What we should all know about Australia’s biggest health challenge

It has been called the epidemic of the 21st century and the biggest challenge confronting Australians.

Every five minutes an Australian is diagnosed with diabetes. That’s 280 of us every day.

Approximately 1.3 million Australians live with diabetes, with around 85 per cent having type 2 diabetes and 13.5 per cent type 1, according to the Australian Bureau of Statistics. The prevalence of diabetes in Australians doubled between 1989 and 2005. In 2014–15, the rate increased from 4.4 per cent to 5.1 per cent.

While these rate increases are nationwide, around 12.8 per cent of Aboriginal and Torres Strait Islanders over the age of 15 have type 2 diabetes, a large over-representation.

Smokers are 40 per cent more likely to develop type 2 diabetes than non-smokers. The more you smoke, the greater your risk. It also increases a diabetic’s chance of developing complications such as eye conditions or heart and kidney disease.

Diabetes warning signs include increased thirst, hunger, urination, fatigue, headaches, dry mouth, blurred vision and unexplained weight loss.

According to Greeshma Patel, a Specsavers optometrist, diabetes is one of the leading causes of preventable blindness, yet few Australians know it can harm your vision. Diabetes may cause irreversible damage to small blood vessels at the back of your eyes. There may be no symptoms until your vision is irreversibly damaged. Patel recommends that people with diabetes have regular eyes checks, every one to two years.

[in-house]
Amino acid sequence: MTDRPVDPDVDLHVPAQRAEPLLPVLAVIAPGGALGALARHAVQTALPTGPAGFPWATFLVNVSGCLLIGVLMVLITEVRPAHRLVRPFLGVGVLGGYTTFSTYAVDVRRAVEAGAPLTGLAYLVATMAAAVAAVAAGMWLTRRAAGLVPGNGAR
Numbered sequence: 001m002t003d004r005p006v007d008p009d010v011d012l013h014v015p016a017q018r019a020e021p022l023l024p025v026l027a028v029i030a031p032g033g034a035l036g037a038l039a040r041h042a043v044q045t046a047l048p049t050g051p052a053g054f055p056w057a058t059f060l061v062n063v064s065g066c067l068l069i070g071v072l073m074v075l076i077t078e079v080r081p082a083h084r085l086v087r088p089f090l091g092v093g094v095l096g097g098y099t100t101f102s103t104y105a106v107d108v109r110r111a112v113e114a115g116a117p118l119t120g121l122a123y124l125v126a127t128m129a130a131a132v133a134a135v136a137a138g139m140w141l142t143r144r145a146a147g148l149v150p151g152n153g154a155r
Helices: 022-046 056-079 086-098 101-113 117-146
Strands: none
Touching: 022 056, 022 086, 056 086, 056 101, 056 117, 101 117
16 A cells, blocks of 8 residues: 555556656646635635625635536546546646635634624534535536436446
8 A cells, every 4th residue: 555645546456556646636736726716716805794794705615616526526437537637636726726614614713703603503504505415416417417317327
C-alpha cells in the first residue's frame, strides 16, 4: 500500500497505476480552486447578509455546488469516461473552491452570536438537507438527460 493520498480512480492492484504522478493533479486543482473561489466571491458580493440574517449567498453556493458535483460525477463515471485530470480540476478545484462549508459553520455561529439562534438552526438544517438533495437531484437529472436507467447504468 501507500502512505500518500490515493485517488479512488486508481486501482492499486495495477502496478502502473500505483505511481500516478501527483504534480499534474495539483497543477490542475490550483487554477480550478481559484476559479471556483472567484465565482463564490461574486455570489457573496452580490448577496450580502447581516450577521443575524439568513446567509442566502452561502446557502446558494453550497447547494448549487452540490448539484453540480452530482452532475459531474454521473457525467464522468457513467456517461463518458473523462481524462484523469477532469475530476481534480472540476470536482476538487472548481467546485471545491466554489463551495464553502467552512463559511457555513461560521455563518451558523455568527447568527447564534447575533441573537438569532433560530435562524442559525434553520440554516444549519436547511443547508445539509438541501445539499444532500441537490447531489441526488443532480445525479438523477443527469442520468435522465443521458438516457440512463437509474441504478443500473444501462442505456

Professor Greg Johnson, CEO of Diabetes Australia, urges people with type 2 diabetes to discuss it with their family members as they may be at greater risk of developing it.

“Your family members need to know that they may be at increased risk of type 2 diabetes and related eye problems and vision loss, and other complications of diabetes,” he says,

Another risk people often don’t associate with diabetes is the development of mental health conditions. Up to 50 per cent of diabetics are thought to also have a mental illness, such as anxiety or depression, yet only one in three are diagnosed and receive the necessary treatment.

Discuss your concerns with your GP or contact free services such as SANE, MensLine Australia or Lifeline.

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Written by Liv Gardiner

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